Remember this advice isn't official. There is no guarantee it will reflect your experience because university applications can change between years. Check the official Cambridge and Oxford websites for more accurate information on this year's application format and the required tests.
Also, someone else's experience may not reflect your own. Most interviews are more like conversations than tests and like, any conversation, they are quite interactive.
Test taken: History Aptitude Test (HAT)
Number of interviews: 2
Time between interviews: One day
Length of interviews: about 30 minutes
Online interview: No
The first interview was to talk through a source that I had been given about 20 minutes to look at before my interview. We then purely talked about what was in the source and the kinds of inferences that could be made, the strengths and weakness and broader themes that came from it. There were no questions about why I wanted to study history etc, this was purely about my source analysis skills. There were two interviewers. One who just made notes and one who asked the questions and had the discussion with me.
My second interview used the written work I had submitted as a springboard to talk about the things I was studying in my history A-Level. We essentially discussed the kinds of questions and debates that would be explored in an A-Level essay, just in more depth and with back and forth discussion. Again there were two interviewers. Each led about half of the interview as the two parts of my A Level studies roughly equated to their areas of study.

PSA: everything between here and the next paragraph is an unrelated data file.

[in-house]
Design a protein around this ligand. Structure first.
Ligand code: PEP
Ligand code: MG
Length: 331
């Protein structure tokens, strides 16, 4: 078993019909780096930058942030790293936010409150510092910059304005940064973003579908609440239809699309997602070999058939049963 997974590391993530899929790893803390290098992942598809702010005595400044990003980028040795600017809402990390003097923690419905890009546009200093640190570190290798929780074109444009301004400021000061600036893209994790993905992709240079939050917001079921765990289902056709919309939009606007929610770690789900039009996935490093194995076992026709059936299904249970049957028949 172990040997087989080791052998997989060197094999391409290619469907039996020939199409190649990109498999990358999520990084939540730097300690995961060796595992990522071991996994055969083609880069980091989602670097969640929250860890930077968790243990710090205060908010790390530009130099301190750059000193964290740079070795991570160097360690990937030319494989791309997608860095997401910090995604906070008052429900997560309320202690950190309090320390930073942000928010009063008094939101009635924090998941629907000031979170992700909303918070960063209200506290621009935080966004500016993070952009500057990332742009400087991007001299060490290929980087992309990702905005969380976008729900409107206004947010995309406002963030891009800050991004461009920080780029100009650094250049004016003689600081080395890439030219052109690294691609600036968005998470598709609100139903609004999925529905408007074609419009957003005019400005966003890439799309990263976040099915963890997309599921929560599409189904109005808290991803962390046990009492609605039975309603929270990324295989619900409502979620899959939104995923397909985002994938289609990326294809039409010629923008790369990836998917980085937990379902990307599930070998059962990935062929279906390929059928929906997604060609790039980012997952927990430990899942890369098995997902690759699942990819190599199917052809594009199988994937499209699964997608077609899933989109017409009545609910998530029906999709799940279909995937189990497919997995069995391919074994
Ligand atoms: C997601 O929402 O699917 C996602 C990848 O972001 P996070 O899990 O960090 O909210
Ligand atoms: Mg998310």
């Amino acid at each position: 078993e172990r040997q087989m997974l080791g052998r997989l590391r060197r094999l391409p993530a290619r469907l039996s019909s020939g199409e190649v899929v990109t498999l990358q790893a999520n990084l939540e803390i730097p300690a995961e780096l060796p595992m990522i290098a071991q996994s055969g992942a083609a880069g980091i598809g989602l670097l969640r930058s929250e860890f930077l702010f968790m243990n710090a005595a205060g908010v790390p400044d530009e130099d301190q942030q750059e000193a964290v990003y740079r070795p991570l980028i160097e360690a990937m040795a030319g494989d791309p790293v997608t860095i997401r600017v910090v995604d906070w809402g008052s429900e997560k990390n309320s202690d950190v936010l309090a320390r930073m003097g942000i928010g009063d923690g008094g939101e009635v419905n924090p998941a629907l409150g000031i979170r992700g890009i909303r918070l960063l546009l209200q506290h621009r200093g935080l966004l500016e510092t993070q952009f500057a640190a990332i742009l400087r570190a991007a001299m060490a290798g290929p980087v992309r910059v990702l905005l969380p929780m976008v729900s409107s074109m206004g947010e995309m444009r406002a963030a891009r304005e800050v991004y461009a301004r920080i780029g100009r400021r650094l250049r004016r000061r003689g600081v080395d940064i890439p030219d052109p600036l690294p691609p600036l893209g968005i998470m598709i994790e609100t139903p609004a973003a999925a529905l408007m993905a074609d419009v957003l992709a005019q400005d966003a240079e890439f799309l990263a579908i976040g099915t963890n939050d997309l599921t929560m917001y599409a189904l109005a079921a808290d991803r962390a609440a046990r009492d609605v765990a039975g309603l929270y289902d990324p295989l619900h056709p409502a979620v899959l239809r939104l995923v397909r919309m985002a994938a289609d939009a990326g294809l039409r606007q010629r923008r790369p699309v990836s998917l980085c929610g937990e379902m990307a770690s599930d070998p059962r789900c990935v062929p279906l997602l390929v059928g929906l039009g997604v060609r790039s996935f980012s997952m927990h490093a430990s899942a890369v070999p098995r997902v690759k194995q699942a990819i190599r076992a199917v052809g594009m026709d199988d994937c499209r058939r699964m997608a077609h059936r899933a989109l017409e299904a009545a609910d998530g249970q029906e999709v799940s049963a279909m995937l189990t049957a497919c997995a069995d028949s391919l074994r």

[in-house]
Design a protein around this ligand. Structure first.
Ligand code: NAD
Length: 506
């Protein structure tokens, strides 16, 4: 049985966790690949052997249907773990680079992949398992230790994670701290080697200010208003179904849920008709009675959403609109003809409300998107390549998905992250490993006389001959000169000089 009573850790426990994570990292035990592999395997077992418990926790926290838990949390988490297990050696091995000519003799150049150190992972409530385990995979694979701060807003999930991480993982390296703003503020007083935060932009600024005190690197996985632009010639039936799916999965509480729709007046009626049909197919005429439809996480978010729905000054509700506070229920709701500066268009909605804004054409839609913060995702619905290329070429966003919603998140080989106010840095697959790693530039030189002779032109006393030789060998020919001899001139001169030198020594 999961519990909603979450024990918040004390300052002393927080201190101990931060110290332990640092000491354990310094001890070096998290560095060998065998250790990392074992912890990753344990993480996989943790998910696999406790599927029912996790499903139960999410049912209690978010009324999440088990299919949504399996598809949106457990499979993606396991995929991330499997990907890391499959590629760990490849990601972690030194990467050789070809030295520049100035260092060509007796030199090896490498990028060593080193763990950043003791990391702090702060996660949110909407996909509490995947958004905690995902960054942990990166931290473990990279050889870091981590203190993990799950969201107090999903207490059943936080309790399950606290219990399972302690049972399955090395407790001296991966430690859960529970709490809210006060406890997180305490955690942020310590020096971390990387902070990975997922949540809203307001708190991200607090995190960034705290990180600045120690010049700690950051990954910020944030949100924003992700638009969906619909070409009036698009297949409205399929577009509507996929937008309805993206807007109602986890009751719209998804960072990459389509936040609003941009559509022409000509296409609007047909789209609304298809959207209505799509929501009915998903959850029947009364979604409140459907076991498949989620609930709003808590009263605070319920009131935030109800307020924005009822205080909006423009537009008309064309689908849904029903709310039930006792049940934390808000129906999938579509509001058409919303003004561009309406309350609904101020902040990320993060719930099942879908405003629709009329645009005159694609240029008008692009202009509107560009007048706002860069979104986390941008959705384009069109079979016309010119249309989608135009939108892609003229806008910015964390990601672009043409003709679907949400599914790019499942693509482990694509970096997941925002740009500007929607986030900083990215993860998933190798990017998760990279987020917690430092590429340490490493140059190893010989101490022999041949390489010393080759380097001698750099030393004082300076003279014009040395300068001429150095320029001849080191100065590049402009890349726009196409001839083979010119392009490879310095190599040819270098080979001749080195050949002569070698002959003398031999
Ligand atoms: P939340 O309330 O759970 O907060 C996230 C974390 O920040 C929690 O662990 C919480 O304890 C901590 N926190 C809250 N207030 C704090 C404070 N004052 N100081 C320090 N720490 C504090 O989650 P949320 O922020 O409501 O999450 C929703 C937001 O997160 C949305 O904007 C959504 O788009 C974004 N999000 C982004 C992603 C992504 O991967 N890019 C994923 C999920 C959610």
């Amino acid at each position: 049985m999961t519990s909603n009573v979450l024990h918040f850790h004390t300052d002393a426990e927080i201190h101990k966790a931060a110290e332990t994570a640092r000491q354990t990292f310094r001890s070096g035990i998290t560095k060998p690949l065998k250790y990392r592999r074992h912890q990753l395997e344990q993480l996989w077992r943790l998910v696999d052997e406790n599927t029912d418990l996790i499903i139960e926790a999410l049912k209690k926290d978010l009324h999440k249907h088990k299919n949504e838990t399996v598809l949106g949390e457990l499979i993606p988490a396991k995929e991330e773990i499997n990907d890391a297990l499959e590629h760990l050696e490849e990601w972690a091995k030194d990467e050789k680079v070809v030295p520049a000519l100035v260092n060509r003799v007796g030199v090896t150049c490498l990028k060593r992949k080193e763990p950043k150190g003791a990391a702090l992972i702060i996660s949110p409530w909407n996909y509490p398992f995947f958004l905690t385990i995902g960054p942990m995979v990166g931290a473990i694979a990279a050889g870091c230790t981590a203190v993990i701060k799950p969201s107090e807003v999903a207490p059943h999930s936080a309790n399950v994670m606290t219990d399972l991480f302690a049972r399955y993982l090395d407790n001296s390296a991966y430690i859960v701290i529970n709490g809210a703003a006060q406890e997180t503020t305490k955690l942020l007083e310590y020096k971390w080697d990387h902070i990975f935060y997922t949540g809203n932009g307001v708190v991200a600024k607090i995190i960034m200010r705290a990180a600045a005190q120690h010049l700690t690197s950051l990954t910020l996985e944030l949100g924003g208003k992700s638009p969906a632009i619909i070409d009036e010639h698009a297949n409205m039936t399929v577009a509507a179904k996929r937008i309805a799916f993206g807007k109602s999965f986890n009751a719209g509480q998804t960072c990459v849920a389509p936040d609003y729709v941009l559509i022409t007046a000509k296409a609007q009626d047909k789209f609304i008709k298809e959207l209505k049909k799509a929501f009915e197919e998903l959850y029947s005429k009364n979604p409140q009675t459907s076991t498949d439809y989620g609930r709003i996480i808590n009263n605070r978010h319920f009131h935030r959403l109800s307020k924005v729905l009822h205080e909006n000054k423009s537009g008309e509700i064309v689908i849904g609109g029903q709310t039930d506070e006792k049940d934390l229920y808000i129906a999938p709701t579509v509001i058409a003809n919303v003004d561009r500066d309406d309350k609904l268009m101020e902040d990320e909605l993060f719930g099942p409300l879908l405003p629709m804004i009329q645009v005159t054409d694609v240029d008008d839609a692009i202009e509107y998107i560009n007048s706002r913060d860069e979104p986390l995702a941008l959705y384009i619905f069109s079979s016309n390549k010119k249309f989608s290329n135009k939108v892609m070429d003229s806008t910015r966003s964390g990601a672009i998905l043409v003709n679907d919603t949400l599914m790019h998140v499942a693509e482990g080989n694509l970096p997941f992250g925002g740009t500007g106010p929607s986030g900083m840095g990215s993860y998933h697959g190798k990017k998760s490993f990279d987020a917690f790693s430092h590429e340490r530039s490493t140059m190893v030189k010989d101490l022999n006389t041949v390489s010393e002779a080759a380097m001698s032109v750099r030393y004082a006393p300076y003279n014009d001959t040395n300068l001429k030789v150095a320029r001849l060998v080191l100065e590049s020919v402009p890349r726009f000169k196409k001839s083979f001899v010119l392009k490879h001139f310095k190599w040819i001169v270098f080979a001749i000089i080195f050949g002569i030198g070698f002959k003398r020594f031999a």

Both interviews were actually very enjoyable and relaxed, and just interesting chats rather than intense scrutiny on me. The focus was very much on my understanding of things of what I had studied and had prior knowledge of rather than trying to catch me out or anything like that.
The best preparation was having conversations about my subject with my
Practice papers, discussion with teachers.
I think that having the mindset that the interview is not designed to break you through scrutiny, but give you the opportunity to sort of show off your knowledge and passion for your subject helped me be less nervous etc. I found that plenty of practice just talking about my subject, my studies and debates around that with teachers was the best preparation as it gave me confidence that I could happily discuss most things.
Another bit of advice would be to see it as a discussion where you don't have to give the perfect answer but can offer what you know or think and then discuss and explore it further with the interviewer offering their opinions and ideas as well to help stimulate more from you.